And now for my disappointing response – I do not think so…but I do not know.
(Waiting for you to stop reading and X out the browser.)
Why Rules-Based Investors Might Be Yawning
Oh, you’re still there? Great, because despite my inability to definitively rule out the existence of a broad economic or asset bubble in financial markets, I can offer something even more important for advisors.
Here it is: bubbles don’t have to negatively impact your practice or your clients. In fact, with the proper processes a bubble simply represents another opportunity to squeeze in above-average returns in a short amount of time, offsetting inevitable periods of low relative return.
A proper process can take on many forms, but it must account for both bubbles and crashes. Doing so places all the emotion and excitement toward the building of the strategy, not its execution. We sometimes refer to this as ”panicking in advance” In other words, design a process that allows you to answer the question, “Can I handle X or Y if my system does A or B?” If yes, proceed. If no, then a change to the process is probably needed before implementation.
At Blueprint we use simple, yet elegant rules and focus on the price of the asset to determine when to be overweight, underweight, or out of an asset altogether. This allows us to keep calm and stay focused on what really matters for advisors and their clients – hitting the long-term financial goal.
In short: Our process was built for uncertainty, euphoria, fear, volatility, and calm waters. Whatever the market throws our way, our process is already prepared to roll with the changing tides.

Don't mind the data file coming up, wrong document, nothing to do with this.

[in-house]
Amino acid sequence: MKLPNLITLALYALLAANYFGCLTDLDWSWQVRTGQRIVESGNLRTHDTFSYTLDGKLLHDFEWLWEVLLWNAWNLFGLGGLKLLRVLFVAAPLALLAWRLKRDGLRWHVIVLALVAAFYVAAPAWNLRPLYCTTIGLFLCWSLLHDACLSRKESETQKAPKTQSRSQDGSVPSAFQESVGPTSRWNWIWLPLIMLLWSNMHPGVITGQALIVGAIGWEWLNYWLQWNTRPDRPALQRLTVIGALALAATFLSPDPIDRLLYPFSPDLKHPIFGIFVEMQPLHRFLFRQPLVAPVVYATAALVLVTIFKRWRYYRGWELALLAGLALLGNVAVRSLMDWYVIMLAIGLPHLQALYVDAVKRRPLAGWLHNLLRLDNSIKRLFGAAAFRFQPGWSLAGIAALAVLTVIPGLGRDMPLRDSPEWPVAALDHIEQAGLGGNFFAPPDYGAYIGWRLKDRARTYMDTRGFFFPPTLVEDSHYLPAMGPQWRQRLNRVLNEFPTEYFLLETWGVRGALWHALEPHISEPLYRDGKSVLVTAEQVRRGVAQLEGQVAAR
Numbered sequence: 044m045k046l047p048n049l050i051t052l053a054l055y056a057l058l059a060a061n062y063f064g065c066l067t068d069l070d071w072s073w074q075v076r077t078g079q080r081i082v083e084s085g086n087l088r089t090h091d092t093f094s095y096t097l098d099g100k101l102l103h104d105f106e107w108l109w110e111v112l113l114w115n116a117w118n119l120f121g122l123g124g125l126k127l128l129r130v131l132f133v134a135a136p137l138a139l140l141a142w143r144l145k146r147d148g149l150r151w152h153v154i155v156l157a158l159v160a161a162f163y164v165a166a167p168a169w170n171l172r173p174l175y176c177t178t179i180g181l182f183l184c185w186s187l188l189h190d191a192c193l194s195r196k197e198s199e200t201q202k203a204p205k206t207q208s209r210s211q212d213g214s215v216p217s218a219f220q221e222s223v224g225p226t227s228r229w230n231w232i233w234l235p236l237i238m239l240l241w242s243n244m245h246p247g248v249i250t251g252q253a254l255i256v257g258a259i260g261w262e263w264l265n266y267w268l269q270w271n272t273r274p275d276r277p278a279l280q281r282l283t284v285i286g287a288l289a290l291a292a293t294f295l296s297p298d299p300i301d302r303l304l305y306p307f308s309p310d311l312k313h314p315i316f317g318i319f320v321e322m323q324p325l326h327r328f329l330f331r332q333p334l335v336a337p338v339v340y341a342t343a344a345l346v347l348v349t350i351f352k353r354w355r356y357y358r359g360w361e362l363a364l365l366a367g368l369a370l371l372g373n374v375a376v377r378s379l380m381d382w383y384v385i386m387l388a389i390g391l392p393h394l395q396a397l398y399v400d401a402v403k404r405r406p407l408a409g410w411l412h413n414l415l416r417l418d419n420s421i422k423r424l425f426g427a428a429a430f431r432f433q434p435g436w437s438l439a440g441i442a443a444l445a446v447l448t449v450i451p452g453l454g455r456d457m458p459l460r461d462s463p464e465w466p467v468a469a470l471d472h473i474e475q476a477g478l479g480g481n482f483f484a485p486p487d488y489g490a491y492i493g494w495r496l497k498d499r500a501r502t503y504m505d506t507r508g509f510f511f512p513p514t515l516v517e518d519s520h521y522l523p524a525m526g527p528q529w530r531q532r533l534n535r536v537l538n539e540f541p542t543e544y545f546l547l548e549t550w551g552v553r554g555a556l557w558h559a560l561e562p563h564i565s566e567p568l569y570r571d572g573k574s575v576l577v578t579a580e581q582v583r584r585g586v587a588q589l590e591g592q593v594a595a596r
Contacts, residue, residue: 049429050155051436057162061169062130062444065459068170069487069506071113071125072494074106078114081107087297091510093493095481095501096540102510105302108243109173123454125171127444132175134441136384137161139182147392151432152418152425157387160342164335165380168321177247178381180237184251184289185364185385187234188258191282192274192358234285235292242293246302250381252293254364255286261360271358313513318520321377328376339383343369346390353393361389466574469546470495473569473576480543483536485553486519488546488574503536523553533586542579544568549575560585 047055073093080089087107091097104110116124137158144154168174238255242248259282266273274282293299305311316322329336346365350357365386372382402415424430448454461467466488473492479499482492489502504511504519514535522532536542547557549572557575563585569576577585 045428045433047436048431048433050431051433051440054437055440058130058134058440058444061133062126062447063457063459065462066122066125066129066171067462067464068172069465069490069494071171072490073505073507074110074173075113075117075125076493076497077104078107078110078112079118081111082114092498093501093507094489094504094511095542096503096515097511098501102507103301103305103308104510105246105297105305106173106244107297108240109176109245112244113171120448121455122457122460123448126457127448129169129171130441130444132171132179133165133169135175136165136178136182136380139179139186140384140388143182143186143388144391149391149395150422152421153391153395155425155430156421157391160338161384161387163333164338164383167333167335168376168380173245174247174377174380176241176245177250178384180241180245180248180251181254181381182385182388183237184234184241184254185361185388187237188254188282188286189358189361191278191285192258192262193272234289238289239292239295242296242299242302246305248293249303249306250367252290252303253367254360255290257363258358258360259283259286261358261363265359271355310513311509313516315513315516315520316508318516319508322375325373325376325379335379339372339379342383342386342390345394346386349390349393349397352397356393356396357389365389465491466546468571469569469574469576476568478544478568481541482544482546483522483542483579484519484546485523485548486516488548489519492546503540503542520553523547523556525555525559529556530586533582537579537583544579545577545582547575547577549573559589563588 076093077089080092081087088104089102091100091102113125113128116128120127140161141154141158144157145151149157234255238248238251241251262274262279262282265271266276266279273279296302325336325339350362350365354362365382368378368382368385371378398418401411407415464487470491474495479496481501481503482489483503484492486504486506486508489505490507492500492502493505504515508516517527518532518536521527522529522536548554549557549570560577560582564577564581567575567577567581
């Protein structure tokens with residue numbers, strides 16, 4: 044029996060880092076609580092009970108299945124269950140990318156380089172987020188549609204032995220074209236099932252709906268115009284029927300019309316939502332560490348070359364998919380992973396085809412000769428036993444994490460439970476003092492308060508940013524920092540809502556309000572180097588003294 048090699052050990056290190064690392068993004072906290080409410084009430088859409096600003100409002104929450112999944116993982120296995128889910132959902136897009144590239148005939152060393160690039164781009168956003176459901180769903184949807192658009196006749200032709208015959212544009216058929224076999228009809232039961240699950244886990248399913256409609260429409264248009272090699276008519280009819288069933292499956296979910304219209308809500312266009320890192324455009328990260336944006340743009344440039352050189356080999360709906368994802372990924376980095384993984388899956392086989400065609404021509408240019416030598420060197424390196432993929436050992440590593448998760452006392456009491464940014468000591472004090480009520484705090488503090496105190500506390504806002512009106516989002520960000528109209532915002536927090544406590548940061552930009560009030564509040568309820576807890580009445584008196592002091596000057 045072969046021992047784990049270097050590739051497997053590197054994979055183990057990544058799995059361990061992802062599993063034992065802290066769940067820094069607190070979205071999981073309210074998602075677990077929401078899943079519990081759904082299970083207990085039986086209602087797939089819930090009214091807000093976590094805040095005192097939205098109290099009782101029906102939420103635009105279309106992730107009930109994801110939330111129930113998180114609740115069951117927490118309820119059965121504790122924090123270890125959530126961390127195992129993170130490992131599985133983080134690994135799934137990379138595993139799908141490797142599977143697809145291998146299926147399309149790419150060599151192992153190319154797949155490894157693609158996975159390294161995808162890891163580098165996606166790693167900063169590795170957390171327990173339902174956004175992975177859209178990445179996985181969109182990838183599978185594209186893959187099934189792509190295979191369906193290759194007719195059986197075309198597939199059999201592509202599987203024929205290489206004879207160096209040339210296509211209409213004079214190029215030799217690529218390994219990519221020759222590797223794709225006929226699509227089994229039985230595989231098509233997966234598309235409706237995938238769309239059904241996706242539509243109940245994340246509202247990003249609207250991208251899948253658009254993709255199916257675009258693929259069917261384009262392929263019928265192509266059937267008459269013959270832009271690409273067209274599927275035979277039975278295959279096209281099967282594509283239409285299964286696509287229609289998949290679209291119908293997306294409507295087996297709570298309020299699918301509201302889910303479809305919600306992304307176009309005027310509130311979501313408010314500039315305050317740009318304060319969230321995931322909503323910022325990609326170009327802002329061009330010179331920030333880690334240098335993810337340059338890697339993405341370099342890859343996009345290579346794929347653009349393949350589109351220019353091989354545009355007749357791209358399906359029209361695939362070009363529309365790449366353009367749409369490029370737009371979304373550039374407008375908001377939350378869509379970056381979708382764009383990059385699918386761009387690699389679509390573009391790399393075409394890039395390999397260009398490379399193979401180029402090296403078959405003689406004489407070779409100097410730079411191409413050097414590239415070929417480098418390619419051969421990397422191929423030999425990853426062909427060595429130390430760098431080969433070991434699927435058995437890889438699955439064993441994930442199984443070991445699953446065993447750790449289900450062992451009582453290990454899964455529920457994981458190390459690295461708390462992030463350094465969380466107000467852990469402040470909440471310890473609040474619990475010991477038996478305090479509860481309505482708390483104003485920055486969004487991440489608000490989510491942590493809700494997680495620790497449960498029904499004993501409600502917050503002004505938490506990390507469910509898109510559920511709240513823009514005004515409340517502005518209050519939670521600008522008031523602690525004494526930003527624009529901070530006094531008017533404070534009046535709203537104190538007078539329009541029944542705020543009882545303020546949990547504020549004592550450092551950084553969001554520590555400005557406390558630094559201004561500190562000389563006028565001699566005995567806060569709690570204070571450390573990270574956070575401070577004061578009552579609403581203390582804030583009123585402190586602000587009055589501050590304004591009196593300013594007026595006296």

‘When I see a bubble forming, I rush to buy, adding fuel to the fire.’
The above quote comes from George Soros who, regardless of what you think of his political motives, is one of history’s best investors.
When commenting on bubbles, he has made several interesting points. We are particularly drawn to the reasons he offers for why he is unafraid of bubbles and in fact welcomes them: it’s the existence of a defined process. If one knows how to manage portfolio risk (or can partner with someone who does) then a bubble is just another set of market data.
So, how do advisors set about managing risk in a bubble or any emotionally charged market environment? According to Soros, it’s not in becoming paralyzed by the prospect of being wrong, only in failing to confront and address our worst tendencies.
In our opinion, step one to avoiding the paralysis is establishing a defined, adaptive investment allocation process or partnering with someone who has one.
At Blueprint we define success as deciding what your goals are, sticking to them, and choosing a partner that can help you achieve them. We continue to believe our process and strategies are tailor made for advisors who are focused on their clients’ long-term goals, want to help investors stick with them, and need a partner who can achieve them – both within and outside of a bubble.